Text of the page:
July 22, 2019
Recorded on June 6, 2019 in Italy.
Based on new evidence and knowledge that functioning proteins are extremely rare, should Darwin’s theory of evolution be dismissed, dissected, developed or replaced with a theory of intelligent design?
Has Darwinism really failed? Peter Robinson discusses it with David Berlinski, David Gelernter, and Stephen Meyer, who have raised doubts about Darwin’s theory in their two books and essay, respectively The Deniable Darwin, Darwin’s Doubt, and “Giving Up Darwin” (published in the Claremont Review of Books).
Robinson asks them to convince him that the term “species” has not been defined by the authors to Darwin’s disadvantage. Gelernter replies to this and explains, as he expressed in his essay, that he sees Darwin’s theory as beautiful (which made it difficult for him to give it up): “Beauty is often a telltale sign of truth. Beauty is our guide to the intellectual universe—walking beside us through the uncharted wilderness, pointing us in the right direction, keeping us on track—most of the time.” Gelernter notes that there’s no reason to doubt that Darwin successfully explained the small adjustments by which an organism adapts to local circumstances: changes to fur density or wing style or beak shape. Yet there are many reasons to doubt whether Darwin can answer the hard questions and explain the big picture—not the fine-tuning of existing species but the emergence of new ones. Meyer explains Darwinism as a comprehensive synthesis, which gained popularity for its appeal. Meyer also mentions that one cannot disregard that Darwin’s book was based on the facts present in the 19th century.
Robinson then asks the panel whether Darwin’s theory of gradual evolution is contradicted by the explosion of fossil records in the Cambrian period, when there was a sudden occurrence of many species over the span of approximately seventy million years (Meyer’s noted that the date range for the Cambrian period is actually narrowing). Meyer replies that even population genetics, the mathematical branch of Darwinian theory, has not been able to support the explosion of fossil records during the Cambrian period, biologically or geologically.
Robinson than asks about Darwin’s main problem, molecular biology, to which Meyer explains, comparing it to digital world, that building a new biological function is similar to building a new code, which Darwin could not understand in his era. Berlinski does not second this and states that the cell represents very complex machinery, with complexities increasing over time, which is difficult to explain by a theory. Gelernter throws light on this by giving an example of a necklace on which the positioning of different beads can lead to different permutations and combinations; it is really tough to choose the best possible combination, more difficult than finding a needle in a haystack. He seconds Meyer’s statement that it was impossible for Darwin to understand that in his era, since the math is easy but he did not have the facts. Meyer further explains how difficult it is to know what a protein can do to a cell, the vast combinations it can produce, and how rare is the possibility of finding a functional protein. He then talks about the formation of brand-new organisms, for which mutation must affect genes early in the life form’s development in order to control the expression of other genes as the organism grows.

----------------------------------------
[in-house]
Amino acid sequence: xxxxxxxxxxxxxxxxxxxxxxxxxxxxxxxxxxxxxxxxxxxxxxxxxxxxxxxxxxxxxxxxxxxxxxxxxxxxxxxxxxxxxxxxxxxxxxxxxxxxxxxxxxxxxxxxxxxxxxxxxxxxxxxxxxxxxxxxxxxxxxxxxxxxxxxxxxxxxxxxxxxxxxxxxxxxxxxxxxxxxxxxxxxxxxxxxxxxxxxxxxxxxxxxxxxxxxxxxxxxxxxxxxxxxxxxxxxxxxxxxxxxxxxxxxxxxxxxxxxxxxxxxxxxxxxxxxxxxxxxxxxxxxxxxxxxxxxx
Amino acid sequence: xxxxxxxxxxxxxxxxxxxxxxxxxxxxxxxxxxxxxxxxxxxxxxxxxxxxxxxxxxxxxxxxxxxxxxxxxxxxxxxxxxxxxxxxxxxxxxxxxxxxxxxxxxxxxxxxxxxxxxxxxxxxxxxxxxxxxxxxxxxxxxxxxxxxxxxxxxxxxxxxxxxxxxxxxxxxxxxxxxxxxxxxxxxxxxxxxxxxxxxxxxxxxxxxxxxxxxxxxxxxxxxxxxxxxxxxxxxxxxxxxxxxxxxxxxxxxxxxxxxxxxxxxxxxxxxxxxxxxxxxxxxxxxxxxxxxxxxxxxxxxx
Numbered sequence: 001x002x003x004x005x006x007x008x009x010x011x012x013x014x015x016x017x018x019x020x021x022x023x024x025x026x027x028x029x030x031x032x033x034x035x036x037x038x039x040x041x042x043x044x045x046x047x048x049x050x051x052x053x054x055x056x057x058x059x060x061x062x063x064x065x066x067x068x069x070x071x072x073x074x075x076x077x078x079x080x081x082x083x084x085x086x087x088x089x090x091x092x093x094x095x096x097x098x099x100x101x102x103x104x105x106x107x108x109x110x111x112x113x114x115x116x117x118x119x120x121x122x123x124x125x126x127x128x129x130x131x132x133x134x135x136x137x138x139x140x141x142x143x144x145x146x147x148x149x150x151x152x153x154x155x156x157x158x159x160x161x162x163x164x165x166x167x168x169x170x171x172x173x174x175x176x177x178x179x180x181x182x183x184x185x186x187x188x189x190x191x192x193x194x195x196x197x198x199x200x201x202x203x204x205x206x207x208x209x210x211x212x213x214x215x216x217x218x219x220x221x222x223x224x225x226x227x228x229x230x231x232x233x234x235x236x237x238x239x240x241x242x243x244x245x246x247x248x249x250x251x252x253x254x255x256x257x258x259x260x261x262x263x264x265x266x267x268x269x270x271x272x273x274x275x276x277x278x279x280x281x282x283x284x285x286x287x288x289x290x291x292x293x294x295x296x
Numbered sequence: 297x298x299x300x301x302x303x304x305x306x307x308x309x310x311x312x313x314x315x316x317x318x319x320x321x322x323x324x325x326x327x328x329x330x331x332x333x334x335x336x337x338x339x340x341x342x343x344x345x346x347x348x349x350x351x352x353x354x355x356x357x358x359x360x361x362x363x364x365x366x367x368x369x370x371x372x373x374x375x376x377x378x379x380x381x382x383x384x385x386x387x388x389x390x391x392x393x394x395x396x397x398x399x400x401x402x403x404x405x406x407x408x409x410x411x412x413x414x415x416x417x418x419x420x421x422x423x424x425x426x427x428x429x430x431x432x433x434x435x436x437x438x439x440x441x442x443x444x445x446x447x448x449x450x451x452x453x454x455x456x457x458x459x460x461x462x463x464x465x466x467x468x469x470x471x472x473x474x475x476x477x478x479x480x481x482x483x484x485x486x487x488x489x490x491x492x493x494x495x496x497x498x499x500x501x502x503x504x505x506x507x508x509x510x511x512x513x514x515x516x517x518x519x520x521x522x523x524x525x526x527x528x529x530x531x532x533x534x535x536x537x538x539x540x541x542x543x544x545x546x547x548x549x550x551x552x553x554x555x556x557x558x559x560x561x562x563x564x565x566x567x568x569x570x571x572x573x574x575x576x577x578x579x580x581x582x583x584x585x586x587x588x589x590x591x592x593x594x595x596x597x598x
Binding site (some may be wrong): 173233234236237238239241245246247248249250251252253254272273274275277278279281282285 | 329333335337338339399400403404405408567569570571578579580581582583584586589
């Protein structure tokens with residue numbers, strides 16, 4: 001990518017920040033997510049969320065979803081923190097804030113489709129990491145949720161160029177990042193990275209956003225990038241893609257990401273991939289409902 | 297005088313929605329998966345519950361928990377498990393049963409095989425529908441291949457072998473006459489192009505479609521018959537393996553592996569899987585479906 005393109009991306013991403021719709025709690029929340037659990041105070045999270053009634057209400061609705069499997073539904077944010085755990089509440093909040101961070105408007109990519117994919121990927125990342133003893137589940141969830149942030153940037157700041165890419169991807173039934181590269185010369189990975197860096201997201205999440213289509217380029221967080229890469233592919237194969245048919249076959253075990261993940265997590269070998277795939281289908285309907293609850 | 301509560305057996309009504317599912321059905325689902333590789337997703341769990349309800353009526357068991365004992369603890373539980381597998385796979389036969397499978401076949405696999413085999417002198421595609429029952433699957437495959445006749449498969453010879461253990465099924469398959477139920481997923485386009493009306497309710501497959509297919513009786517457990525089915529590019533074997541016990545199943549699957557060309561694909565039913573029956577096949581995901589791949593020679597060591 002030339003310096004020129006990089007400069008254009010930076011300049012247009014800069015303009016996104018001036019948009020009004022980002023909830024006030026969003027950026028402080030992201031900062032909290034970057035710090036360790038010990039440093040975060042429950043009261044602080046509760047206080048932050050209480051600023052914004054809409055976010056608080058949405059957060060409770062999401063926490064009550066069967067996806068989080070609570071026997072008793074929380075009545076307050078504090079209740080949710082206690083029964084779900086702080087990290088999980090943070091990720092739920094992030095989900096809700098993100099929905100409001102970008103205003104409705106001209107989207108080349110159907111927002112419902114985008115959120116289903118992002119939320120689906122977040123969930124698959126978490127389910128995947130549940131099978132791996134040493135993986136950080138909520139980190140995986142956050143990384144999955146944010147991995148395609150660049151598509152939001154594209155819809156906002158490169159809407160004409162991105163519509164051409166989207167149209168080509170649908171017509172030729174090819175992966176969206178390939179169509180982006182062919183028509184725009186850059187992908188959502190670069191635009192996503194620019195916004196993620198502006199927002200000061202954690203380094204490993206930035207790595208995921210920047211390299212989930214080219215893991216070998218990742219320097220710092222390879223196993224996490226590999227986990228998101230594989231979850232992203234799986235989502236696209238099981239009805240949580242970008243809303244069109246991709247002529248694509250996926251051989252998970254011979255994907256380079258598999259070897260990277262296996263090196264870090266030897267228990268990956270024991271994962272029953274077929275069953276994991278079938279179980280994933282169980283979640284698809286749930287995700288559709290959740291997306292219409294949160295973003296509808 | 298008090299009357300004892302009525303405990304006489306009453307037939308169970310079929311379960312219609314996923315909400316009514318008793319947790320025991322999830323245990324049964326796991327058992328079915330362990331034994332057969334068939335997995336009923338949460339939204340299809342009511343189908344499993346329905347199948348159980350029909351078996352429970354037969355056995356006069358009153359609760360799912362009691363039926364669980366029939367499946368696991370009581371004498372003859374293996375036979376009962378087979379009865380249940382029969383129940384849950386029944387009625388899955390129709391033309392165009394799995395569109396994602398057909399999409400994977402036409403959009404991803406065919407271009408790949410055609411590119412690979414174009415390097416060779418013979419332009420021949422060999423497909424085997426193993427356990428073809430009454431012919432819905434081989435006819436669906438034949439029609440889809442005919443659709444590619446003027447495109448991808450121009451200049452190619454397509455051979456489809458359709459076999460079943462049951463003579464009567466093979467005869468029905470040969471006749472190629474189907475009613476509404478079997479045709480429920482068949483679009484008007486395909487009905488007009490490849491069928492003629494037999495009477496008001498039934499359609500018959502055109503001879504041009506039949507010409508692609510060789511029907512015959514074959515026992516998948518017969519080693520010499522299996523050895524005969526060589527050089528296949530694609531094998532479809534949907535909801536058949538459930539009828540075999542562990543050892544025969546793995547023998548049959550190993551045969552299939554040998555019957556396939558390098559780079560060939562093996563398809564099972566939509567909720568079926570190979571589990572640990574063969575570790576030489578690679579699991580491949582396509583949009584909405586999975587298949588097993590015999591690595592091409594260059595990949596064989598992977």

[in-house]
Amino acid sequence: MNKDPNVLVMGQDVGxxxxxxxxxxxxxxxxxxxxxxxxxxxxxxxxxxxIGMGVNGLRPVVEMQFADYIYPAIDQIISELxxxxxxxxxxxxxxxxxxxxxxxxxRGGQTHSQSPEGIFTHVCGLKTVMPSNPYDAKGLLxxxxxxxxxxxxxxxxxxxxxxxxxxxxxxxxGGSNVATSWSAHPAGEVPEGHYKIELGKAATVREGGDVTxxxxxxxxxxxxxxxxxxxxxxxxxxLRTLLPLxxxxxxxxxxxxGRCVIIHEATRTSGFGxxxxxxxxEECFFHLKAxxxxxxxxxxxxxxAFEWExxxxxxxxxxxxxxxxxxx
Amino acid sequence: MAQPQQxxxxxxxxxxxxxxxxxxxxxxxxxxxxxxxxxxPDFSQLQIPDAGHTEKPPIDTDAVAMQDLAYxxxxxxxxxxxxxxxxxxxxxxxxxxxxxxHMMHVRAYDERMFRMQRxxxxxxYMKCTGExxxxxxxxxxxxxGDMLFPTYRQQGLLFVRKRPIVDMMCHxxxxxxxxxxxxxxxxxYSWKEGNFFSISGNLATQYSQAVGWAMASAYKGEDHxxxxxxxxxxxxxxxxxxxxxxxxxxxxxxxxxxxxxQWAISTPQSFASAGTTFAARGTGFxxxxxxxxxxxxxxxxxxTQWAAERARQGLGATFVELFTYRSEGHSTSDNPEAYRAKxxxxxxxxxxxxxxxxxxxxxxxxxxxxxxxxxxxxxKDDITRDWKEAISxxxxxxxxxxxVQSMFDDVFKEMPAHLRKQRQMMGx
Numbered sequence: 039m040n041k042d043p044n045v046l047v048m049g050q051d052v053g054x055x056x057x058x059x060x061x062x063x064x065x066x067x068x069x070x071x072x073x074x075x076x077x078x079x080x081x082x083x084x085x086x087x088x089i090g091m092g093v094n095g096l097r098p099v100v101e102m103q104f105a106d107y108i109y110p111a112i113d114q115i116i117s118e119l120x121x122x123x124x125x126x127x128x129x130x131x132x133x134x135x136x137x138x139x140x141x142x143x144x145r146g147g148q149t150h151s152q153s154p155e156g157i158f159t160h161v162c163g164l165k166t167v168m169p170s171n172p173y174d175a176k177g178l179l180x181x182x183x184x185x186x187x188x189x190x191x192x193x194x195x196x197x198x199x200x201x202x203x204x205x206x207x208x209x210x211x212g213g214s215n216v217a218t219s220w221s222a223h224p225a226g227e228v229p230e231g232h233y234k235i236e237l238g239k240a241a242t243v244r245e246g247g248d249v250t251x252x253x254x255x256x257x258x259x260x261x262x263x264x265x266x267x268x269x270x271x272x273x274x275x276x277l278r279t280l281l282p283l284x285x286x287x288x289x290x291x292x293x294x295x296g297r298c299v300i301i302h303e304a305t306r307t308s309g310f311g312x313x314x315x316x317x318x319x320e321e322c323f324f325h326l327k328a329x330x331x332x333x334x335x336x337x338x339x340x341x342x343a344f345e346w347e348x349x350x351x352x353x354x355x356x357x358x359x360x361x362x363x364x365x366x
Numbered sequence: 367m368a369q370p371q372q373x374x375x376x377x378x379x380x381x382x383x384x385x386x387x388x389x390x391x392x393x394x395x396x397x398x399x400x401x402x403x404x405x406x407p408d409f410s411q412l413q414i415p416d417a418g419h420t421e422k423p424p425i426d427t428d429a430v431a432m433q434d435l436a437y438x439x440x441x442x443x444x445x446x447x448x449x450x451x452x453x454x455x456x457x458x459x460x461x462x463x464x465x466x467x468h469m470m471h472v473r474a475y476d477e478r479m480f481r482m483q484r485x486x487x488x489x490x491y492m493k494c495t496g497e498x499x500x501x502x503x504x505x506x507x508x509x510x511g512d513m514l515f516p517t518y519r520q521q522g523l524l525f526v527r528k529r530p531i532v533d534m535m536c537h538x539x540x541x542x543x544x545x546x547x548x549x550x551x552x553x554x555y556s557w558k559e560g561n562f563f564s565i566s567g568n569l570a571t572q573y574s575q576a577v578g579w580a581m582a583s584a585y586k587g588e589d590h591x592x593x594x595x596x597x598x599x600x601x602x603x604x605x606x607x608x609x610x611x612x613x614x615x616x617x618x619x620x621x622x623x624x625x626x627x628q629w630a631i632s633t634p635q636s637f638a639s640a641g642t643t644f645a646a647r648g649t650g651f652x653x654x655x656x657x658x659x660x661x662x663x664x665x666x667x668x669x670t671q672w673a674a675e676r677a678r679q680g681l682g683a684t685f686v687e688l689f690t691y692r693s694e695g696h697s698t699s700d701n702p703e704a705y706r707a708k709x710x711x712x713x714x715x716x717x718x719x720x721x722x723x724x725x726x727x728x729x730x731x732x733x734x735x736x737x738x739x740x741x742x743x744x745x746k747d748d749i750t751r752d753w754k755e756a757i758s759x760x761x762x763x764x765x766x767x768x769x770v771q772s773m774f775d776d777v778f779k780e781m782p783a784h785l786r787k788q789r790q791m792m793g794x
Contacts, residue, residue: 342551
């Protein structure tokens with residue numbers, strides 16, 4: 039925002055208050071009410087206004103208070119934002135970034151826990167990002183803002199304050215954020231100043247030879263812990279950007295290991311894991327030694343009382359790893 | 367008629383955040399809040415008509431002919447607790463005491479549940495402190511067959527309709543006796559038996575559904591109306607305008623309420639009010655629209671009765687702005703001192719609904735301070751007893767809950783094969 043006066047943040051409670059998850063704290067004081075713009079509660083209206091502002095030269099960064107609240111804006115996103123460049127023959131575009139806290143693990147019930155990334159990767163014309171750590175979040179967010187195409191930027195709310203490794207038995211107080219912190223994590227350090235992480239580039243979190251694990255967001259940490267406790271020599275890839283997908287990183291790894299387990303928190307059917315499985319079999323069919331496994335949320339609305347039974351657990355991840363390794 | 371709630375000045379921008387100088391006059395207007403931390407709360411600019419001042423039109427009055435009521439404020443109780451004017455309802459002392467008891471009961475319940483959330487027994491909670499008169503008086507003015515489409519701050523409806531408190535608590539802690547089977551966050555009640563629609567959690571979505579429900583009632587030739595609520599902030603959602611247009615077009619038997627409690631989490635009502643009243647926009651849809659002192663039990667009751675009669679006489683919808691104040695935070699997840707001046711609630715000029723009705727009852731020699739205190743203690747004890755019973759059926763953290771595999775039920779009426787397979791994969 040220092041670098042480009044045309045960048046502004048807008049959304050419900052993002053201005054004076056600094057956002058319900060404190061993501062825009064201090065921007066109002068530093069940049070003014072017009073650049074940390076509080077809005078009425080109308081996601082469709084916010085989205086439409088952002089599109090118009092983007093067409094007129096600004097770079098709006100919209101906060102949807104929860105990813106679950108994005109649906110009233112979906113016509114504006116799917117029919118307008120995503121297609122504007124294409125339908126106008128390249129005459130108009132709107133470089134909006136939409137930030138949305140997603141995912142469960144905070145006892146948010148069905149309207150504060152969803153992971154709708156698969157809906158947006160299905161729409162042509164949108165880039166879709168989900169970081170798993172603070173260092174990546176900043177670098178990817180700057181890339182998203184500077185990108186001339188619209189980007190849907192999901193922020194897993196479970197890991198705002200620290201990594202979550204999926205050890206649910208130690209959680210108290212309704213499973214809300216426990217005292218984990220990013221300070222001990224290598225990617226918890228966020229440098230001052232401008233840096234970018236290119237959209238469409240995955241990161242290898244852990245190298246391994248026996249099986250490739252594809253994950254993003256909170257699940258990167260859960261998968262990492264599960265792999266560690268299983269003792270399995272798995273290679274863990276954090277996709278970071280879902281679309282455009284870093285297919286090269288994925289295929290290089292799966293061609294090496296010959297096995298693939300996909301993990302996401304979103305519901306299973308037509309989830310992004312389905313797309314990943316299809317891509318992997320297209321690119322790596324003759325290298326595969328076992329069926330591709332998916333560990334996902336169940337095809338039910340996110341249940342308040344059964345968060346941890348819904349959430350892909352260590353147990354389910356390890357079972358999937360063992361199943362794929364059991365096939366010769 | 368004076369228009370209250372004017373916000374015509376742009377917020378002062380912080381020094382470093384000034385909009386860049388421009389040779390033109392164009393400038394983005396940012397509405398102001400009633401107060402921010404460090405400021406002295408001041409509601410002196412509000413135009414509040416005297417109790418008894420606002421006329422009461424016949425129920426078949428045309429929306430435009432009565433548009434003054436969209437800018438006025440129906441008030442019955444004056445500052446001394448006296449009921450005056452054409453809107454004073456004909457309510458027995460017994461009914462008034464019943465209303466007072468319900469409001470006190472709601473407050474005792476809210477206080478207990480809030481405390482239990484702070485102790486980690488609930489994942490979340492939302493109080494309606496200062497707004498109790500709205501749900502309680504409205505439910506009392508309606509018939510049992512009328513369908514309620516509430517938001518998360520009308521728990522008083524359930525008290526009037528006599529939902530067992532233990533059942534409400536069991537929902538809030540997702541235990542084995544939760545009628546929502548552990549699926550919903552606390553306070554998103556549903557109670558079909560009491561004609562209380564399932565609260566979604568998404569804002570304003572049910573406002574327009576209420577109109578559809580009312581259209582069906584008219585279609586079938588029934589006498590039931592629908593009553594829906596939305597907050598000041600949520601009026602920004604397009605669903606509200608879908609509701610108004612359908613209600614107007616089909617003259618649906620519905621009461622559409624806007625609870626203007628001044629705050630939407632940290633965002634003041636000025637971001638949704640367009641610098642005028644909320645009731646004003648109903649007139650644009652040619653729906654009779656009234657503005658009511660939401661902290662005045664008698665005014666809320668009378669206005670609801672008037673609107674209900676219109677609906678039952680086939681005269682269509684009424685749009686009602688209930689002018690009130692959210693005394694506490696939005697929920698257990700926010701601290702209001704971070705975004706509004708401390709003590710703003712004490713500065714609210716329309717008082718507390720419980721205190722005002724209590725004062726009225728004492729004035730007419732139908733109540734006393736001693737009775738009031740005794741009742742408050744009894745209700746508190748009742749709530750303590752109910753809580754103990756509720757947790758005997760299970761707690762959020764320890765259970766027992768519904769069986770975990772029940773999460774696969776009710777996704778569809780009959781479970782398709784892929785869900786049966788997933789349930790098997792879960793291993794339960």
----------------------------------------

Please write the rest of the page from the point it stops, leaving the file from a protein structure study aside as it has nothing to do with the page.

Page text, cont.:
“Intelligent design” is something only Meyer agrees with, but Berlinski replies that as a scientific approach, one can agree or disagree with it, but should not reject it. Meyer talks about the major discovery in the 1950s and ’60s concerning the DNA molecule, which encodes information in a somewhat digital format, providing researchers with the opportunity to trace the information back to its source. Gelernter argues that if there was/is an intelligent designer then why is the design not the most efficient, rather than prone to all sorts of problems, including the mental and emotional.
Robinson quotes Gelernter: “Darwinism is no longer just a scientific theory but a basis of a worldview, and an emergency . . . religion for the many troubled souls who need one.” Gelernter further adds that it’s a fantastically challenging problem that Darwin chose to address. How difficult will it be for scientists to move on from Darwin’s theory of evolution? Will each scientist need to examine the evidence for his or herself? These are some of most important questions facing science in the 21st century.